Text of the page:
Still decorating with incandescent Christmas lights, and wondering if it's finally time to switch to LED lights? Here's what you need to know to make an informed decision.
How Do They Work?
LED Christmas lights use light-emitting diodes, rather than filament to produce light. This new technology makes LED lights more efficient, durable, and longer-lasting than fluorescent incandescent lights. They don't burn out, like other bulbs; and they also don't get hot to the touch, so they're a lot safer, too.
Money and Energy Savings
Incandescent bulbs waste a good deal of energy; a full 90 percent of their energy is released as heat, which is why regular light bulbs get so hot. LEDs are a different story. According to the U.S. Department of Energy, they use up to 75 percent less energy, and last 25 times as long.
They also don't require a lot of maintenance. Since LED bulbs don't burn out, just get dimmer over time, you don't have to fuss with replacing bulbs and fuses. Just plug them in, and they'll light up reliably year after year. Plus, home improvement stores often offer trade-in programs where you can turn in your old Christmas lights for a few dollars off of new, energy-efficient sets.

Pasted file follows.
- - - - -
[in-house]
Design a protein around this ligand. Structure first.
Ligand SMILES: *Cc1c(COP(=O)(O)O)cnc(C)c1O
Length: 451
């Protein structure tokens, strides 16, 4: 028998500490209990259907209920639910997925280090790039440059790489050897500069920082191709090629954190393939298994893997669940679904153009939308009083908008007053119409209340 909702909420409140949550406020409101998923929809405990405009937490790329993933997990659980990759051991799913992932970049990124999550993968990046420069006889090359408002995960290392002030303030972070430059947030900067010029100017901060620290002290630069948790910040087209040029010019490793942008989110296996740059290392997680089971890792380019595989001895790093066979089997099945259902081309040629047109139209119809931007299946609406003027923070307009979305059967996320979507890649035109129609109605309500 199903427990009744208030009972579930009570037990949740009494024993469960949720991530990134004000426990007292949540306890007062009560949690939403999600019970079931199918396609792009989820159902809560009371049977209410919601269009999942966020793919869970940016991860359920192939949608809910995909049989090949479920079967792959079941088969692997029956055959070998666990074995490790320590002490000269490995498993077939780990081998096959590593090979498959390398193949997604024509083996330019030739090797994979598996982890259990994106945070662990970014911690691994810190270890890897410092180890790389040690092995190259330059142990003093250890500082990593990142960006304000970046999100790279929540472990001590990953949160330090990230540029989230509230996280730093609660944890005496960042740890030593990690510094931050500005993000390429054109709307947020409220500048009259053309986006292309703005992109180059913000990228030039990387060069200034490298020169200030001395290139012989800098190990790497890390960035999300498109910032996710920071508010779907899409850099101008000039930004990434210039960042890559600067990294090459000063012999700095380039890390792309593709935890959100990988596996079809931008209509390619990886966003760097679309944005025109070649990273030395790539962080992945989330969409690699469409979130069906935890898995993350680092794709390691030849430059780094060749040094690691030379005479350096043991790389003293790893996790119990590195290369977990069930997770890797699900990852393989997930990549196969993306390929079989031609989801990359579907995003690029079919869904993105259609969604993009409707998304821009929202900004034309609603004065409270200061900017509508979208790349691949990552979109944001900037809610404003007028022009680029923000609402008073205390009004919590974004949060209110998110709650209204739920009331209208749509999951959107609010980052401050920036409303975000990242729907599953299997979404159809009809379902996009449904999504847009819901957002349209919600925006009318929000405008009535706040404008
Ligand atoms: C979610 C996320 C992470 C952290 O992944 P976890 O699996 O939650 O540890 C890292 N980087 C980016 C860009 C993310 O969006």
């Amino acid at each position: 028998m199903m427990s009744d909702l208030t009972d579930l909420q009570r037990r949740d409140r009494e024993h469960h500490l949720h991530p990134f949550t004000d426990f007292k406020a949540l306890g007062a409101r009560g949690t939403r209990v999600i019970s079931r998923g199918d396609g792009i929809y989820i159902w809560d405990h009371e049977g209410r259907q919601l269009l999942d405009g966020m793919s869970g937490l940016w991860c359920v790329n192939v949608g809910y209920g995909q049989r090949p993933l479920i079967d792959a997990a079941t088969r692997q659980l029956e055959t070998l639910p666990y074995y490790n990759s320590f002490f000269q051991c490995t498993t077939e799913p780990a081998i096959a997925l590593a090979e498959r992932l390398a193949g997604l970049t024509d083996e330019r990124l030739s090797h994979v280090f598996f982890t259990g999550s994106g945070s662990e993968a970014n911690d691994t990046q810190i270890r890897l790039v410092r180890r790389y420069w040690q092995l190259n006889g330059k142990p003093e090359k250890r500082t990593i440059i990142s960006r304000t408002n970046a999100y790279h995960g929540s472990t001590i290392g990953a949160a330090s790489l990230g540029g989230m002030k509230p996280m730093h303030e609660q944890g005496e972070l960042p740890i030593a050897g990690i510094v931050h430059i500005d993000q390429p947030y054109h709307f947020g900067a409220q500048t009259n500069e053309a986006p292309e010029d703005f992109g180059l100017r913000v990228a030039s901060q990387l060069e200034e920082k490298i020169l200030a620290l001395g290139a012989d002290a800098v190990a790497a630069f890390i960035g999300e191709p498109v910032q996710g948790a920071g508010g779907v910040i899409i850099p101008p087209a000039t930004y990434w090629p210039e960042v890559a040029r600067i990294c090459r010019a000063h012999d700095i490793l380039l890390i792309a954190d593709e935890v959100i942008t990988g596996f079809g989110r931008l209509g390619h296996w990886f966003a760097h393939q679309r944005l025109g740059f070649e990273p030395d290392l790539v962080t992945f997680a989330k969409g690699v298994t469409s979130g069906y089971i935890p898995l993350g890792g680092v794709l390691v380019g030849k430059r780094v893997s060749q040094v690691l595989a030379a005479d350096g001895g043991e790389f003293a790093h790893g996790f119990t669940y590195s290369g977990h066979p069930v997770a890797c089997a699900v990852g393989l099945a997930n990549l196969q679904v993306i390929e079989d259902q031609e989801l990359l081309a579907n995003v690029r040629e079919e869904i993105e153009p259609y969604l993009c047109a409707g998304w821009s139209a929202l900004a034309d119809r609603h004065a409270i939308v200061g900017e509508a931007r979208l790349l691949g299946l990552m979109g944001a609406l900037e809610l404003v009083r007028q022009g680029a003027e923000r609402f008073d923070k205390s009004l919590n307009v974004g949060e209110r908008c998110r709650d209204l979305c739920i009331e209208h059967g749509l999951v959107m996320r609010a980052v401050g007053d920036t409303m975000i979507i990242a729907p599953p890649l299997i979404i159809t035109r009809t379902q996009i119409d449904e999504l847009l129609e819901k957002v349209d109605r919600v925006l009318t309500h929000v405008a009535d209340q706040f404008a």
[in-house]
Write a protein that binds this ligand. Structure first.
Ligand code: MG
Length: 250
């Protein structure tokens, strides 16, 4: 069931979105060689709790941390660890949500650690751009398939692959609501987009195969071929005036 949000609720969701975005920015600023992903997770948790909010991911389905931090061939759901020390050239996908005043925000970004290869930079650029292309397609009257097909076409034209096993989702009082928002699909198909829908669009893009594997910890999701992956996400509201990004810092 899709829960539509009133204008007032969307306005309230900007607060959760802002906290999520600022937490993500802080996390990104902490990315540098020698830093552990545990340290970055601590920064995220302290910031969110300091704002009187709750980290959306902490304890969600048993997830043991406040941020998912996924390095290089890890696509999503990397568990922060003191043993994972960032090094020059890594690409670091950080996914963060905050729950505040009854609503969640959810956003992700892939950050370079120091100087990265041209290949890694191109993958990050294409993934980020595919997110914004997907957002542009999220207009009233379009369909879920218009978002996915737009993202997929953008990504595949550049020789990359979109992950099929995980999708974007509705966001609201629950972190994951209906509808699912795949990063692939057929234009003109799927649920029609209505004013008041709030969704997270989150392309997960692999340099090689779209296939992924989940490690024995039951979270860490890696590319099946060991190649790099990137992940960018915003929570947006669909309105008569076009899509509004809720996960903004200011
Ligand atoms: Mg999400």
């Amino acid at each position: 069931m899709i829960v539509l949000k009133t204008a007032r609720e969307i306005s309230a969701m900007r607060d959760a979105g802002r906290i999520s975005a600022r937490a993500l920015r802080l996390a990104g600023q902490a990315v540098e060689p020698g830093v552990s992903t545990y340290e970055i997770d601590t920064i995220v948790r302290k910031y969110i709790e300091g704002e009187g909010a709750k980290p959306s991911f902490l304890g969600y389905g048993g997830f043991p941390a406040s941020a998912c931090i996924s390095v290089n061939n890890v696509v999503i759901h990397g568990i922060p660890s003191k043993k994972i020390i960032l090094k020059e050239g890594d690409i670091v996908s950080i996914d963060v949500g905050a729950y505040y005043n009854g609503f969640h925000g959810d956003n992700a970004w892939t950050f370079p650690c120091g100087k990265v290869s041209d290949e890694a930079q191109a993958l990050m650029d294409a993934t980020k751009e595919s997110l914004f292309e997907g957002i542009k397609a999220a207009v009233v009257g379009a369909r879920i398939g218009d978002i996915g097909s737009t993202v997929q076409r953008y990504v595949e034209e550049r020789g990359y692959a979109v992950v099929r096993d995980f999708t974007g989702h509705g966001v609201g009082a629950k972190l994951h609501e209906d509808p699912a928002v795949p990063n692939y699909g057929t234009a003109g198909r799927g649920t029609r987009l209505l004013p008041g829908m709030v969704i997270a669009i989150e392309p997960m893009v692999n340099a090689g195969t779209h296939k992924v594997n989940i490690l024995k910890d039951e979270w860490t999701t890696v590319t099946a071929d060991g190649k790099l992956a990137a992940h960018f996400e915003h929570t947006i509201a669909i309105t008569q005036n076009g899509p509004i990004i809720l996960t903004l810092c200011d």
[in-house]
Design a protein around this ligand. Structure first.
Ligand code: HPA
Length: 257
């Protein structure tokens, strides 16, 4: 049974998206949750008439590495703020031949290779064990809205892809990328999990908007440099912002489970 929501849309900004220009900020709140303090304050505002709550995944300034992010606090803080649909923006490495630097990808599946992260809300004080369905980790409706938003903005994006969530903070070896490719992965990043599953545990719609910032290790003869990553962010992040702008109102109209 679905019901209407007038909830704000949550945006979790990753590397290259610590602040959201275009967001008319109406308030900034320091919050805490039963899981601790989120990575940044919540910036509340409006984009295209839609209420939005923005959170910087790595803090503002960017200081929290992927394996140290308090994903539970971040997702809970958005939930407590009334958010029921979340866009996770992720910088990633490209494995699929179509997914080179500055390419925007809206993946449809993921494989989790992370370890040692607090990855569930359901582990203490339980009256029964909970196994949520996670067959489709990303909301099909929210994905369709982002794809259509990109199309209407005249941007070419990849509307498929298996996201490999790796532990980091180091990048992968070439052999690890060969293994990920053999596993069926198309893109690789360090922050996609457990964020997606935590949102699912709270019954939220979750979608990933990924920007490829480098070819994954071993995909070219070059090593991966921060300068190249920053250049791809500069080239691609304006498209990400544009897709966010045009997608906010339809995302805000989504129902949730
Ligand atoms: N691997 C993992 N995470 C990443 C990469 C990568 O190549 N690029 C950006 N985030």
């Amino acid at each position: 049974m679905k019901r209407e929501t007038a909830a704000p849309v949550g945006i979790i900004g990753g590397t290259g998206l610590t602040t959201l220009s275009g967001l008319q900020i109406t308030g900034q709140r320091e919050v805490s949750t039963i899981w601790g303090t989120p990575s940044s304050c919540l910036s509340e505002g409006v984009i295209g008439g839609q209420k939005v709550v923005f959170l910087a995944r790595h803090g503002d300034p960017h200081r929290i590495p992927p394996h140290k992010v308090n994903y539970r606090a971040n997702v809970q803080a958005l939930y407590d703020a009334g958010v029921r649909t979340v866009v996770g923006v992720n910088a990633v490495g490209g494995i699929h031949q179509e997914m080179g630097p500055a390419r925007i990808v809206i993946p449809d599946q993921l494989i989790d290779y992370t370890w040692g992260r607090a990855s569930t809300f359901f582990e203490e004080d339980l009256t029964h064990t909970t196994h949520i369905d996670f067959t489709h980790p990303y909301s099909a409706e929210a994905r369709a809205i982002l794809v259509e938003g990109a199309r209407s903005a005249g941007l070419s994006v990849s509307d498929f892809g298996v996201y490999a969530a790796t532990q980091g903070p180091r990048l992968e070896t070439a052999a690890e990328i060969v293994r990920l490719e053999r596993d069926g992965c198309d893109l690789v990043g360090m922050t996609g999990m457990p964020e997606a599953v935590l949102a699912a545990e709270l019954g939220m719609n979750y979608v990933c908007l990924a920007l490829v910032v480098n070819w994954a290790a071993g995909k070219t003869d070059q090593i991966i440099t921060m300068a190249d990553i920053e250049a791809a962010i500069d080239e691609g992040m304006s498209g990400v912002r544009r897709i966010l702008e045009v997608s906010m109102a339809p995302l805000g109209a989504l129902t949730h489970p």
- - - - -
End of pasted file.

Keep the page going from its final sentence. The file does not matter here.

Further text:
And they won't send your holiday electric bills sky high--even if you tend to go a bit crazy with the Christmas lights.
Just toss your lights in a box after Christmas is over, and pull them out again next year. Since the bulbs are plastic, you don't have to spend a bunch of time wrapping them to prevent breakage.
LED Christmas lights come in a wide variety of styles, sizes, and colors, so there’s truly something for everyone. You can even find snowflake-shaped lights, rope lights, and net lights.
LED lights continue to improve; the first generation LED Christmas lights weren't able to match the pure white light of incandescent Christmas lights. The light was much bluer, and understandably, that was a big turn off for a lot of people. However, LED Christmas lights are now available in both options. Choose cool white bulbs, if you prefer the blue tone or warm white bulbs, if you prefer more of a golden tone.
LED lights typically have a higher initial cost when purchasing them compared to traditional bulbs. However, that cost will be offset over time with lower energy bills and the fact they don't need to be replaced as often. Take a trip to the store to look at the technology first-hand. Then, decide if LEDs are right for you. Most retailers have displays that allow you to try out the bulbs, and some may even have entire trees or displays decorated with them.